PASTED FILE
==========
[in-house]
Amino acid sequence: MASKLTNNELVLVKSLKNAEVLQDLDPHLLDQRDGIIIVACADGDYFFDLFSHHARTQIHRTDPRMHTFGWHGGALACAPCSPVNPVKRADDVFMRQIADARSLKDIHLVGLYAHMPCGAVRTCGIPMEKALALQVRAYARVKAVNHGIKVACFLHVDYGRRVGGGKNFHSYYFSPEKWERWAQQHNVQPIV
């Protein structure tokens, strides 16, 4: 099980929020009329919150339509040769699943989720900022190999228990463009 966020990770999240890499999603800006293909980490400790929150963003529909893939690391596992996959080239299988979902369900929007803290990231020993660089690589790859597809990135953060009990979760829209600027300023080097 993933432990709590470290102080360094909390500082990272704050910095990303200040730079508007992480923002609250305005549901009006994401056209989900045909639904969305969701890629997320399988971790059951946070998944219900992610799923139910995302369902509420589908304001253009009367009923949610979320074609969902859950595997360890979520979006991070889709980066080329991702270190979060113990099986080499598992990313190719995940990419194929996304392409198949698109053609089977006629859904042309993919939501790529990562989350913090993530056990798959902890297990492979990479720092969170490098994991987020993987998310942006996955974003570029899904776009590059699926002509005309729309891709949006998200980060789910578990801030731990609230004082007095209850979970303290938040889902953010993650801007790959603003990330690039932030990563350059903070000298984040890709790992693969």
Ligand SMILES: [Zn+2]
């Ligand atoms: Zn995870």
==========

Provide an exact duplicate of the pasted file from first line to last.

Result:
[in-house]
Amino acid sequence: MASKLTNNELVLVKSLKNAEVLQDLDPHLLDQRDGIIIVACADGDYFFDLFSHHARTQIHRTDPRMHTFGWHGGALACAPCSPVNPVKRADDVFMRQIADARSLKDIHLVGLYAHMPCGAVRTCGIPMEKALALQVRAYARVKAVNHGIKVACFLHVDYGRRVGGGKNFHSYYFSPEKWERWAQQHNVQPIV
């Protein structure tokens, strides 16, 4: 099980929020009329919150339509040769699943989720900022190999228990463009 966020990770999240890499999603800006293909980490400790929150963003529909893939690391596992996959080239299988979902369900929007803290990231020993660089690589790859597809990135953060009990979760829209600027300023080097 993933432990709590470290102080360094909390500082990272704050910095990303200040730079508007992480923002609250305005549901009006994401056209989900045909639904969305969701890629997320399988971790059951946070998944219900992610799923139910995302369902509420589908304001253009009367009923949610979320074609969902859950595997360890979520979006991070889709980066080329991702270190979060113990099986080499598992990313190719995940990419194929996304392409198949698109053609089977006629859904042309993919939501790529990562989350913090993530056990798959902890297990492979990479720092969170490098994991987020993987998310942006996955974003570029899904776009590059699926002509005309729309891709949006998200980060789910578990801030731990609230004082007095209850979970303290938040889902953010993650801007790959603003990330690039932030990563350059903070000298984040890709790992693969």
Ligand SMILES: [Zn+2]
């Ligand atoms: Zn995870």